Hispanics seek voter bloc too big to ignore
Citizenship papers filed
SAN DIEGO | The nearly 200 immigrants who began the citizenship process at the National Council of La Raza's annual convention Saturday are exactly the sort who will determine whether Hispanics this year finally make good on their enormous political potential.
After decades of punching beneath their political weight, NCLR and its allies have vowed to boost Hispanic voter participation in this election by eating away at the gap between Hispanics eligible to vote and the number who turn out on Election Day.
"One of the themes that will definitely be established is you cannot expect to get to the White House and ignore this community," said Clarissa Martinez De Castro, NCLR's director of immigration and national campaigns.
She said her group hopes to lower the nonparticipation rate and turn out 10 million Hispanic voters for the first time.
In 2004, 6.7 million Hispanics, or 47.6 percent of those of voting age and holding citizenship, cast ballots. The voting rate was far below the 60 percent of eligible blacks and 64.1 percent of all eligible Americans. Although the Hispanic population is larger, nearly twice as many black voters turned out as Hispanics.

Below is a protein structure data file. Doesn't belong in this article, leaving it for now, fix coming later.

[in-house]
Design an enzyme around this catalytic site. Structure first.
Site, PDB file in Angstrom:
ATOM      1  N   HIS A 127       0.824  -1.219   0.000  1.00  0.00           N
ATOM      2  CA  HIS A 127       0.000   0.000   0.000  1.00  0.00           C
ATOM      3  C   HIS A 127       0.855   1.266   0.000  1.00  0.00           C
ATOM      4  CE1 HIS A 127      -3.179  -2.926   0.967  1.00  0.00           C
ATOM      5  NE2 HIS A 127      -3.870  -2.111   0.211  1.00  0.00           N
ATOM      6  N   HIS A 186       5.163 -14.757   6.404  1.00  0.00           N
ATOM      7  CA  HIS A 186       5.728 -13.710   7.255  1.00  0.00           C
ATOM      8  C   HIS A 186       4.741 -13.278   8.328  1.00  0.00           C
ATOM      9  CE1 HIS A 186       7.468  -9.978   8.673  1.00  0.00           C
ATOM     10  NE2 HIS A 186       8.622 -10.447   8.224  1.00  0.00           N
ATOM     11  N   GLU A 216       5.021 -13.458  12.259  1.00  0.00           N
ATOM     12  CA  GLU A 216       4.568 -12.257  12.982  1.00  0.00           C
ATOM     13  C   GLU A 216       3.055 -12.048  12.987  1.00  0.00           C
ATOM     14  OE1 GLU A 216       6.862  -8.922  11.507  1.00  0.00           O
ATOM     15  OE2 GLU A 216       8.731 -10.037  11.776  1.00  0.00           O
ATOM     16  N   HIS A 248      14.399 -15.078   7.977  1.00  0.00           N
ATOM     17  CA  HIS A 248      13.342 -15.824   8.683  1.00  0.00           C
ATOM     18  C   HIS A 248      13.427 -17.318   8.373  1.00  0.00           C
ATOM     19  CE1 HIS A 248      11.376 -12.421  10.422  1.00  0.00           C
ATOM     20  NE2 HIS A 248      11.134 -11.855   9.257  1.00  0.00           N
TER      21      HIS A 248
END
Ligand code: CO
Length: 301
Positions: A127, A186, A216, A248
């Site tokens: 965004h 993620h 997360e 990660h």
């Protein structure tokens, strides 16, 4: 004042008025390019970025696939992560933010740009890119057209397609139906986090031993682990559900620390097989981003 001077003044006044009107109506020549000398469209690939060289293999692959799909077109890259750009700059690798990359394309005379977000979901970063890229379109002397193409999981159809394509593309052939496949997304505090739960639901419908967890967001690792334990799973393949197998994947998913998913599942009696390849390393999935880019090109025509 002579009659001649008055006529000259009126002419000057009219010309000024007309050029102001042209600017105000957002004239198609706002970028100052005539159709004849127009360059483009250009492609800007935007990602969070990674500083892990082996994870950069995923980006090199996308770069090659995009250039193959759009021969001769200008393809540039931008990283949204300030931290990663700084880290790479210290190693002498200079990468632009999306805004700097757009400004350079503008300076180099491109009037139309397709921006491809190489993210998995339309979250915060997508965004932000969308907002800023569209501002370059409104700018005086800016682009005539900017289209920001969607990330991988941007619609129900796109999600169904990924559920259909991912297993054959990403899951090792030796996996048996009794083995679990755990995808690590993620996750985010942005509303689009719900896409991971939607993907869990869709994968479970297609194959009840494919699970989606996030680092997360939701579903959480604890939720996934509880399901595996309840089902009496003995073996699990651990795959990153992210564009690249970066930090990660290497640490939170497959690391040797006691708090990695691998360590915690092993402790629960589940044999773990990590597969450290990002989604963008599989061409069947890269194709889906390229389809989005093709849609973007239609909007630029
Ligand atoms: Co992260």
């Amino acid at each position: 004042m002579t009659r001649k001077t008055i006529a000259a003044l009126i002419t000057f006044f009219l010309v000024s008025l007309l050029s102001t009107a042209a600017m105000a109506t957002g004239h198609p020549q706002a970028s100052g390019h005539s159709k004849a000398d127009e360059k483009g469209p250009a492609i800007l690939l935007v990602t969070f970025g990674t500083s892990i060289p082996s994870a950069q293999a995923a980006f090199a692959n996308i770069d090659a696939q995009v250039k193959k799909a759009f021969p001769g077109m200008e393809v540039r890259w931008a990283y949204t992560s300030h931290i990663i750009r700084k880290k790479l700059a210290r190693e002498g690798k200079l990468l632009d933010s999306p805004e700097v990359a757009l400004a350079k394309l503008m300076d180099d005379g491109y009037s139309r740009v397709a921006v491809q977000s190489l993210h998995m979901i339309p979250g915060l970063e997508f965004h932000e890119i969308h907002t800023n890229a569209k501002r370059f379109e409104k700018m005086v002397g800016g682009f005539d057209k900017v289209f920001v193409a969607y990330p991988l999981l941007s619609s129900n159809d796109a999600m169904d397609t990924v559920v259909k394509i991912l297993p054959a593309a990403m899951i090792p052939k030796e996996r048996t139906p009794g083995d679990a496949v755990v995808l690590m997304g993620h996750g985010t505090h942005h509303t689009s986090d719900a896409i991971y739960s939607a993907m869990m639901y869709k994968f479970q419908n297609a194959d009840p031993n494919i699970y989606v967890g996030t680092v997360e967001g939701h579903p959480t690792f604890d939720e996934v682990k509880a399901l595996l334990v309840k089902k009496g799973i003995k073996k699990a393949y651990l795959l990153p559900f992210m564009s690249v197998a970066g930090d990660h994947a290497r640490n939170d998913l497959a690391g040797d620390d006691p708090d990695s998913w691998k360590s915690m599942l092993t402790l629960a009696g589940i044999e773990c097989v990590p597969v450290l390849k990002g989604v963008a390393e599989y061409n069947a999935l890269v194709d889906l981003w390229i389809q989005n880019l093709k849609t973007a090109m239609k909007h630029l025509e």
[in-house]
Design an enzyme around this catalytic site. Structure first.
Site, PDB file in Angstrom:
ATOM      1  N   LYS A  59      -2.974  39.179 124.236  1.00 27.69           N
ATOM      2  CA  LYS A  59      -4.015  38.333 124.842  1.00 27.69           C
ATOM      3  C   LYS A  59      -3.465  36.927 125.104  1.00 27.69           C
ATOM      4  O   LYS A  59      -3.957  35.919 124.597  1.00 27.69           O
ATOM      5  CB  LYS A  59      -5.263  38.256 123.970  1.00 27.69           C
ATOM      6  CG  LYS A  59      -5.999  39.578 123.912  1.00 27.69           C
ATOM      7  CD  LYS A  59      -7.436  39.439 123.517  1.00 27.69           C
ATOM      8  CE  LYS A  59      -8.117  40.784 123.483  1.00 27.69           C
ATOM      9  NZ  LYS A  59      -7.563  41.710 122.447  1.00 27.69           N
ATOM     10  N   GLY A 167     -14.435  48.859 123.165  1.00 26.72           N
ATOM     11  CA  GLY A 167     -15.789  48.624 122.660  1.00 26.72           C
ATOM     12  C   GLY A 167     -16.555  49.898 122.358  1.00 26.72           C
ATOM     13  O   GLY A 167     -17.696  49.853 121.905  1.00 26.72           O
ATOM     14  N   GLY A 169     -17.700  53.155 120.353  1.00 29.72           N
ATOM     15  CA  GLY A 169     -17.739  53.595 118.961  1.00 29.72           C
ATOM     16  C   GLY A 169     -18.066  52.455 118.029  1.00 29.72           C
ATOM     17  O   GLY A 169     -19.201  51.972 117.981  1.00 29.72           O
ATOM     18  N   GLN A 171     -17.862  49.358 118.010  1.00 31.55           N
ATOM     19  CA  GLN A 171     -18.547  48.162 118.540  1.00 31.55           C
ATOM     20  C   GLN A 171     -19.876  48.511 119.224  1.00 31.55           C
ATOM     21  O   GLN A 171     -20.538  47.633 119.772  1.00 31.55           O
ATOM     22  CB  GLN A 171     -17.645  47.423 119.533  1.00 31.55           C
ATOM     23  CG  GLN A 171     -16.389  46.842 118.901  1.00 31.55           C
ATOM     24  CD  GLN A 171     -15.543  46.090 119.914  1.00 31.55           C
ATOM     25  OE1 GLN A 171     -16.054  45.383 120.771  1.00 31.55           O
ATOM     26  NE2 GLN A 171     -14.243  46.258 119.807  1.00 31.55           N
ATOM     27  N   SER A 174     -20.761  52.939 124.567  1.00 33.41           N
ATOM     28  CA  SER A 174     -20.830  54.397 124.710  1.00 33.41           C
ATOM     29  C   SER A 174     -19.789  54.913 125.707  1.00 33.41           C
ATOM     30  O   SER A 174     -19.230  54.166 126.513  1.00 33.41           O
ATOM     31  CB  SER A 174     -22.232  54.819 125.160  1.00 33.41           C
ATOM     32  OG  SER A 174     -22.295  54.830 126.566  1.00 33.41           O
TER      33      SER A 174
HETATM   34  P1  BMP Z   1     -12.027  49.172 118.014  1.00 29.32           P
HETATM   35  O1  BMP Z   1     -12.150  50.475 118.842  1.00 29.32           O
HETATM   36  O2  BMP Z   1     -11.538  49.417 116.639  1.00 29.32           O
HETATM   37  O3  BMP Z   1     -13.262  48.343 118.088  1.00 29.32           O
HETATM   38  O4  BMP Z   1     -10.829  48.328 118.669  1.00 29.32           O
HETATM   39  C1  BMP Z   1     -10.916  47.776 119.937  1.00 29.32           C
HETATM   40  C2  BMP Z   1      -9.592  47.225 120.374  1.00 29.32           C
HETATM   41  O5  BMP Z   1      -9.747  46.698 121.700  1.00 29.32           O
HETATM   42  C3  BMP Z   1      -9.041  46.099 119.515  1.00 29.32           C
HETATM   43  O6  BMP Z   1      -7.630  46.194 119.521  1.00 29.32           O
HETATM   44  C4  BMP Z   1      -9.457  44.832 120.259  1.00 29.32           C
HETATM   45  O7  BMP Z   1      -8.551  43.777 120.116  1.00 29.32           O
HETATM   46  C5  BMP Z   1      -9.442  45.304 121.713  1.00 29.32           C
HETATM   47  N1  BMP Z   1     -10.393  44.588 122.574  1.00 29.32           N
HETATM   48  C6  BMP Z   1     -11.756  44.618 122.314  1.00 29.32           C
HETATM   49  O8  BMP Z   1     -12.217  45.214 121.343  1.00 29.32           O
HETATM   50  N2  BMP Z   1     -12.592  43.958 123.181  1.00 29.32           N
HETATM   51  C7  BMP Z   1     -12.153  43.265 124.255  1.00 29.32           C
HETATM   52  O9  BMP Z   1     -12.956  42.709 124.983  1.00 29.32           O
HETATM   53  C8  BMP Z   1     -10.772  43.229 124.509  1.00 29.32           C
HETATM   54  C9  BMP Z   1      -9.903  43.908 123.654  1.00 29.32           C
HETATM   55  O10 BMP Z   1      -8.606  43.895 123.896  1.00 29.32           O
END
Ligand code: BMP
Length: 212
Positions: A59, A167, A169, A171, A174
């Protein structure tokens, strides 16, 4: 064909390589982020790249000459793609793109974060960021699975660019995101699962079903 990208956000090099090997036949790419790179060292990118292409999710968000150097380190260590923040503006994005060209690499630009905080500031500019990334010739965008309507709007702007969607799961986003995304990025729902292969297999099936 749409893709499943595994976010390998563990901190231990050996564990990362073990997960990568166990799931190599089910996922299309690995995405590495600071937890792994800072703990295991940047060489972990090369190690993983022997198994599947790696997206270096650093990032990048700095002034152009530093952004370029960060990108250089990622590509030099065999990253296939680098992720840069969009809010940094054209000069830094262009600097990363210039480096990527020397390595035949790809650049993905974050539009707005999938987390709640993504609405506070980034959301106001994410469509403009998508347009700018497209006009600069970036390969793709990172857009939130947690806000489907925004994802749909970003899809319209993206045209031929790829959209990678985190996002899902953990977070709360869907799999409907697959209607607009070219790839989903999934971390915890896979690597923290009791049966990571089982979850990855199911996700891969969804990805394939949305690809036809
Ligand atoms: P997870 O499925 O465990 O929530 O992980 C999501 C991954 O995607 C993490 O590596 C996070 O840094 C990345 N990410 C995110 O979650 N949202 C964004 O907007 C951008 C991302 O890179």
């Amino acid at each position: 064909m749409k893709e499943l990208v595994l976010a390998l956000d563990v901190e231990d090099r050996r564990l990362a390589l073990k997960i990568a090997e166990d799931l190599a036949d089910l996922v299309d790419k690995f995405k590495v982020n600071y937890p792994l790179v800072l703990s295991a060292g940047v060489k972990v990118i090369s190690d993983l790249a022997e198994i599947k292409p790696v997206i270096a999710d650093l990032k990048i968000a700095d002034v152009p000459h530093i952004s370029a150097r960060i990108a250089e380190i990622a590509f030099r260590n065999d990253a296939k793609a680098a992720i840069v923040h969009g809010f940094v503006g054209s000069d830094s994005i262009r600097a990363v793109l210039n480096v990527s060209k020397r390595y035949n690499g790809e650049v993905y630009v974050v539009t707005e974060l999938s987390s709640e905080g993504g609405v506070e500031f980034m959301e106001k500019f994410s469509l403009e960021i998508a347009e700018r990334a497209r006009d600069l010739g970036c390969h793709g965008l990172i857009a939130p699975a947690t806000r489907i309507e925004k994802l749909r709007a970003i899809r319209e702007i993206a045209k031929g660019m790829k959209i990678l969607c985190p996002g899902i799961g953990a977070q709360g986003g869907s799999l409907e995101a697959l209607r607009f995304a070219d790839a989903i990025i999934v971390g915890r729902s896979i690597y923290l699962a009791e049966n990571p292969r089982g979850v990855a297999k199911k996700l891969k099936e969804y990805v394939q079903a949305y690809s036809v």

In a sign that the presidential candidates expect this to be the year Hispanics live up to their potential, both of the major parties' presumptive nominees are completing the Hispanic triumvirate -- speeches to the National Association of Latino Elected and Appointed Officials (NALEO), the League of United Latin American Citizens (LULAC) and, this week, to NCLR. Sen. Barack Obama, Illinois Democrat, speaks Sunday, and Sen. John McCain, Arizona Republican, speaks Monday.
On Friday, NCLR President Janet Murguia challenged both presidential candidates to take a stand against "inaccurate and inflammatory language" she said those in both parties are using on the immigration issue, adding that "hate has hijacked the immigration debate."
As examples, she pointed to a leaflet from the Missouri State Democratic Committee that accused a Republican candidate of allowing 5 million illegal immigrants into the country and to a commercial being run by a Republican congressional candidate in Alabama using images of brown hands in handcuffs.
"Our political leaders can stop it," she said. "They should stop it."
Both Mr. McCain and Mr. Obama lay claim to leadership on a broad immigration bill that includes a path to citizenship for illegal immigrants - an issue that is helping drive Hispanic voters.
Like NCLR, Mr. Obama sees Hispanics as a treasure trove of untapped votes, and he issued a challenge at LULAC last week for them to live up to their potential.
"I truly believe that if we can register more Latinos, young and old, rich and poor, and turn them out to vote in the fall, then not only will we change the political map, and not only will I win the presidency, but you will finally have a government that represents all Americans," he said.
He said registered Hispanics could have erased the margins of victory for Republicans in New Mexico, Florida, Colorado and Nevada in recent elections.
"So while I know how powerful a community you are, I also know how powerful you could be on November 4th if you translate your numbers into votes," he said.